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20121027
20121104
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's katrina, ike, andrew, irene, they're all late august or early september storms where the vacation industrial was more vulnerable. right now, it will be interesting to see the tradeoff from staples into discretionary spending. getting into the holiday season. >> just looking at the trading today, when you look at exposed sectors like insurance, retail and construction, do you think we'll get the moves that you would assume or not? >> i'd be careful expecting too big a move here. partly because of volumes, as i mentioned earlier. it's unclear about how exposed these stocks are going to be. i think expect some mixed messages here throughout the day. >> we're seeing certainly the insurers hold up well. there's a sense they may benefit from firmer pricing next year, something households should be aware of, potentially facing higher premiums as a result of this. >> very difficult to pull a trade out of the storm today. >> just one thing about gasoline, it seems to have already moved slightly. anything on the energy side? >> i think if you go back to the past oil flash gasoline spikes re
activity. >> it will depend on what the damage actually is when we get through the process. katrina when it hit new orleans was one thing about a it was so devastating, it wiped out literally homes and roads and bridges and caused a mass amount of devastation, so a huge amount of rebuilding there. what's important here going forward is that you are going to get economic support from this at least in the short term. is there a lot of severe structural damage that has to be replaced. but about don't forget one thing, when you can to this type of activity, there is one negative impact of this longer term which is that you pull forward future activity. so money spent today that would have been spent potentially later on. so a short term boost for the economy and longer it term still the concerns of the overall weakness. >> especially when it comes to flood insurance, a lot of that comes from the federal coughers when they're under more scrutiny than ever. going into next year, do you expect this to change the tenor around government spending at all? >> well, that's kind of an interesting que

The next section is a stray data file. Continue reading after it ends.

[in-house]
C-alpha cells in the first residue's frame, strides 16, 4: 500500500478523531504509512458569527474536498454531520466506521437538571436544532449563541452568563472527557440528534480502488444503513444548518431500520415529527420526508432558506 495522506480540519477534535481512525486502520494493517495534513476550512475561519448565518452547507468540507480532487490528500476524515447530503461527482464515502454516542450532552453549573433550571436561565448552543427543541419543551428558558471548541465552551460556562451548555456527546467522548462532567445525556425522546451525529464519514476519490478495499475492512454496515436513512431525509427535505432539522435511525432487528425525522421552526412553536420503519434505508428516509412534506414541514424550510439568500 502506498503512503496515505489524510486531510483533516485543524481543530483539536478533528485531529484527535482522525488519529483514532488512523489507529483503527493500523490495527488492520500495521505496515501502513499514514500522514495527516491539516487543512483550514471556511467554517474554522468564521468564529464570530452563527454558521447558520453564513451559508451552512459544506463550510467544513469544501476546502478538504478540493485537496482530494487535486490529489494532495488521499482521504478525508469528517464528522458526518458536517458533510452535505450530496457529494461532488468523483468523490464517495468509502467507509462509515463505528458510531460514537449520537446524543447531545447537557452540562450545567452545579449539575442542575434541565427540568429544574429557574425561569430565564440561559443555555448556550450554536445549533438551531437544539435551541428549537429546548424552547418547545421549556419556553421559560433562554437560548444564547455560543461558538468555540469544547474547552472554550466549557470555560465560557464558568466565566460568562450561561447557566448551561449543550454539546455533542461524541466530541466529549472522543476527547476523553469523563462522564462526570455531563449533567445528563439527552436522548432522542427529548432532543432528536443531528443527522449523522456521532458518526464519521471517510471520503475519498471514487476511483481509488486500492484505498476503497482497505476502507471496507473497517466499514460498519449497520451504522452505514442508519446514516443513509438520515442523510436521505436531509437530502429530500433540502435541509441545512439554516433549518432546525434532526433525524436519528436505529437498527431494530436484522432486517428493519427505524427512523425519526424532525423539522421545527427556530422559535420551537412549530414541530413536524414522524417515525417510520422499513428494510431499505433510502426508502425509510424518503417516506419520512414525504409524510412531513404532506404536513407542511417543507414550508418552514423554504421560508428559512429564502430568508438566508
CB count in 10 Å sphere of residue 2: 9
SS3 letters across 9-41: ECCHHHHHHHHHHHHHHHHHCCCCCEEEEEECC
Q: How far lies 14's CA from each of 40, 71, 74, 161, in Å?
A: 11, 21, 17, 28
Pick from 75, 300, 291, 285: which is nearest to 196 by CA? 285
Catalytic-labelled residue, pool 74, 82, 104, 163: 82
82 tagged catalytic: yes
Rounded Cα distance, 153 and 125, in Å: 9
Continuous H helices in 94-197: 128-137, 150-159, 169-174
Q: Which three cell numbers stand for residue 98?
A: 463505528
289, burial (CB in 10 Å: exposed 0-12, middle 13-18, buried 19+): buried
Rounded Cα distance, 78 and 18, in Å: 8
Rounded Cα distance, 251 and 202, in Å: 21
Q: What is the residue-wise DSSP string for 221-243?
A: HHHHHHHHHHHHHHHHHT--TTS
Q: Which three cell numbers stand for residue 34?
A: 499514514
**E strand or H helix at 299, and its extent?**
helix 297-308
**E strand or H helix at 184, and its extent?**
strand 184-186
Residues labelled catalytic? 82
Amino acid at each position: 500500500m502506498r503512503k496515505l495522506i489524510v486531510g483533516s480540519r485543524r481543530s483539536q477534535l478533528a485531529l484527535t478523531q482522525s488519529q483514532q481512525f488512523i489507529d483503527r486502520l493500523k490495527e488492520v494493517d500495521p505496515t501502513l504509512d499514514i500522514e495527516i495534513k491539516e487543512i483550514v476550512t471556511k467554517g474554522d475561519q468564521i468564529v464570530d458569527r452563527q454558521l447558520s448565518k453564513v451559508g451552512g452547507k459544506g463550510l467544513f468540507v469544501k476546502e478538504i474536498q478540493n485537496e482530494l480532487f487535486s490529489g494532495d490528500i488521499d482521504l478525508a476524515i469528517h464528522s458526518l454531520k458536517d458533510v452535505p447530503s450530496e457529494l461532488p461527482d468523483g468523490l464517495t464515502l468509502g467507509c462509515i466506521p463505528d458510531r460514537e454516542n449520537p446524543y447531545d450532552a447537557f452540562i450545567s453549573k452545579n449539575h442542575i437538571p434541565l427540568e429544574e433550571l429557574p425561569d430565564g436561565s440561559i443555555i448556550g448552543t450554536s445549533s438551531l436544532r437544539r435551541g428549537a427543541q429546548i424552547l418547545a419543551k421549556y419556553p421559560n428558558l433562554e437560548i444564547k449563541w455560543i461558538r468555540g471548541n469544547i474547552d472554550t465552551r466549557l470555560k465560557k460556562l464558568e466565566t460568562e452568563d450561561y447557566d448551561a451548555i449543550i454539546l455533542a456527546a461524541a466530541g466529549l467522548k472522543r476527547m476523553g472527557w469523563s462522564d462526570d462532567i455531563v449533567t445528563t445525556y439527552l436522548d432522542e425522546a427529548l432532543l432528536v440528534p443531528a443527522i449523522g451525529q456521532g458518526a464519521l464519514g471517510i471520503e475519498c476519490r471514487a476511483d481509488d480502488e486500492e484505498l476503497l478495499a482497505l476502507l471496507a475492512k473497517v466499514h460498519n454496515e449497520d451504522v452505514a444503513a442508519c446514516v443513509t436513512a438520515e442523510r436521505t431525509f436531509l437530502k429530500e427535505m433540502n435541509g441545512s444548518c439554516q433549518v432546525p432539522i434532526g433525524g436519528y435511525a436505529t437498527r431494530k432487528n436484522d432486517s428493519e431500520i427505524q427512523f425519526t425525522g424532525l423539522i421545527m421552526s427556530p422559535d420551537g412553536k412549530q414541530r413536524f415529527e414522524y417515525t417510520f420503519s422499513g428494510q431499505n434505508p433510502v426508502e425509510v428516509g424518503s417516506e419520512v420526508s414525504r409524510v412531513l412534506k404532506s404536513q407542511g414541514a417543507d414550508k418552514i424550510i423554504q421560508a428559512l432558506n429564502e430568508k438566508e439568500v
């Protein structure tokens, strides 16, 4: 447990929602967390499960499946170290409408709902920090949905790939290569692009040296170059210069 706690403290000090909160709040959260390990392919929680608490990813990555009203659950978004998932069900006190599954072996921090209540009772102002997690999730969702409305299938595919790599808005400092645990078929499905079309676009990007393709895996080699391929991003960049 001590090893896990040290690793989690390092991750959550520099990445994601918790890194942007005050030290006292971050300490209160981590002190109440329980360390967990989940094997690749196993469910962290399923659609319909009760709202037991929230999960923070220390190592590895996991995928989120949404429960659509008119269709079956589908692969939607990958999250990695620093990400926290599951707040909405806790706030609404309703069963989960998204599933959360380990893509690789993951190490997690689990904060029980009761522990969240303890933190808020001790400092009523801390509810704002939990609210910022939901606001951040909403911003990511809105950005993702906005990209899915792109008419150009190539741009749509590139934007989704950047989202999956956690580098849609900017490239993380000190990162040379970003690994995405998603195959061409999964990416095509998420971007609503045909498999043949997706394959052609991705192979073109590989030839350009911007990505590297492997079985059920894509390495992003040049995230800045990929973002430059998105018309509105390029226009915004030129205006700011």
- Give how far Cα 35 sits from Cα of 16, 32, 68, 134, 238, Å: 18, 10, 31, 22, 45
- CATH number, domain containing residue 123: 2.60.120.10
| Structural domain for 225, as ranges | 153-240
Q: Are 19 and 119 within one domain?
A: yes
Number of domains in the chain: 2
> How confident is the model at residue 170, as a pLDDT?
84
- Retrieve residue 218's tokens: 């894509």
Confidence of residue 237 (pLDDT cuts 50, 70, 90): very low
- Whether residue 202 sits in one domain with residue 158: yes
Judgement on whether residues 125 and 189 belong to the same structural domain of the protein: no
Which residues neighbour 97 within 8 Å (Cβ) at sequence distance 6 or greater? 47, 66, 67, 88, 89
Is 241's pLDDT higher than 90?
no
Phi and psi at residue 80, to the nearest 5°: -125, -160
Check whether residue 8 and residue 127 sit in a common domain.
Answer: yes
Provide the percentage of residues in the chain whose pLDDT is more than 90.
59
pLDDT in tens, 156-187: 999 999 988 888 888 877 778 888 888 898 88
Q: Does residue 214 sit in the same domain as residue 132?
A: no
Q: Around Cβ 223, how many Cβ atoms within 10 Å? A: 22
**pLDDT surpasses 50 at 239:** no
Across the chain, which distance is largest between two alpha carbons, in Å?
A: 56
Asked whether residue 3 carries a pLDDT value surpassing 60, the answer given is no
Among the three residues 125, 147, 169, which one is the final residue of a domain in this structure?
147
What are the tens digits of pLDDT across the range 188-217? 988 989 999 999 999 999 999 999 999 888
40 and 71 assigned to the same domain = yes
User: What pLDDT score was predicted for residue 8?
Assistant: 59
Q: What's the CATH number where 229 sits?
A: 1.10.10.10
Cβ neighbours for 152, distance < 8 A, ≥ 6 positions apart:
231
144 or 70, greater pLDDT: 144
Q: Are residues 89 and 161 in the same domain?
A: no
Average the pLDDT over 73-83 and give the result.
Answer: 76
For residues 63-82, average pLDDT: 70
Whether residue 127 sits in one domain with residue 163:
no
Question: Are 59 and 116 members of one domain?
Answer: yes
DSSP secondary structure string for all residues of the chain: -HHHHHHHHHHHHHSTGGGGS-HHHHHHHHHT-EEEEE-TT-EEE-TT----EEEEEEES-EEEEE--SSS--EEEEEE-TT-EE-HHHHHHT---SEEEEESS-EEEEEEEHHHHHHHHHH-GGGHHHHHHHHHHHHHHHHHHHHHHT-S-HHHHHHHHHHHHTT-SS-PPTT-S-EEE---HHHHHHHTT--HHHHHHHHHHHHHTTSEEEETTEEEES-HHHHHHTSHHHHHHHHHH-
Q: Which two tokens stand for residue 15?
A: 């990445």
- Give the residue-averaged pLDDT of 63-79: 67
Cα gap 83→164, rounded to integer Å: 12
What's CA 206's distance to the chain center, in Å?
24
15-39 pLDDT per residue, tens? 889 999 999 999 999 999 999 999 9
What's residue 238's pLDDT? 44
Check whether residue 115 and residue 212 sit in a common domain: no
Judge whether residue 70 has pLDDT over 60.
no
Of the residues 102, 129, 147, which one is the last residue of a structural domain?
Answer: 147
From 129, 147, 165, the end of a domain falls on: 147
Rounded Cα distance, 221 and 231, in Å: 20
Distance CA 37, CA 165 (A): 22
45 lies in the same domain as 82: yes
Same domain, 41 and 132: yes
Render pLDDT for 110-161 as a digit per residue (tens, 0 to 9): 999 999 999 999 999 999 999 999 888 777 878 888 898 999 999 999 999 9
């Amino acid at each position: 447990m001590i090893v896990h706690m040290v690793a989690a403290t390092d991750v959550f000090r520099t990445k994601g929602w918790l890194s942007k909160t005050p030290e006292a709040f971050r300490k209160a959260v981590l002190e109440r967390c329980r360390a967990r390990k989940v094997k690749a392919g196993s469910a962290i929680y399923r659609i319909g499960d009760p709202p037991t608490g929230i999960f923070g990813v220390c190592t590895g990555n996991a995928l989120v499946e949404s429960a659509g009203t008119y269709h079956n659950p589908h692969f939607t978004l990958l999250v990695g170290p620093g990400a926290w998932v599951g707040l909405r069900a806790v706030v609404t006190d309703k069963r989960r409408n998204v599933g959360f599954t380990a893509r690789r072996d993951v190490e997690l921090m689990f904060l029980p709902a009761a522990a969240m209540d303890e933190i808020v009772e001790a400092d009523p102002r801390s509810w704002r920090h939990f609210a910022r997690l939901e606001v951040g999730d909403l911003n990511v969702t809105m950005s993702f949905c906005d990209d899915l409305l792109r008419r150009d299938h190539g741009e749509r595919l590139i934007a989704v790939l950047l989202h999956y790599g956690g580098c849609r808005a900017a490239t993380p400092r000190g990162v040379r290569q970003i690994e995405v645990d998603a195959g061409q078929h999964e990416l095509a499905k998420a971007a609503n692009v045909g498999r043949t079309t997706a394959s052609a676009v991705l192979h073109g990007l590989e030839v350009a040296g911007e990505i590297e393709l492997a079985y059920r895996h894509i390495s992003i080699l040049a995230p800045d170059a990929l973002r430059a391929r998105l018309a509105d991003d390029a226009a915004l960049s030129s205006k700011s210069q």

. it depends how much of a long term impact there have been. we can go back to katrina which was the largest destruction where the actual costs were around $150 billion. >> you can go to our website to find out why new york is looking a lot leak amsterdam fp has something to do with bicycles. and you can tune in tonight at 8:00 p.m. for hurricane sandy coming together, a benefit concert to aid victims of the storm. hosted by matt lauer. the concert will feature performances by bruce springsteen, sting, billy joel. good line up. money collected will be donated to the american red cross relief effort. >> it's final for the jobs report due out at 8:30 achl and it is the final set of numbers and the most important set of numbers before tuesday's presidential election. most forecasts expect a slight rise in the unemployment rate to 7.9%. nonfarm payrolls expected to have a slight pick up from september. has hurricane sandy mitigated the impact or is it a key indicator? >> certainly everyone's focusing elsewhere, certainly i think as soon as people get this number, the first question is what will
Search Results 0 to 2 of about 3

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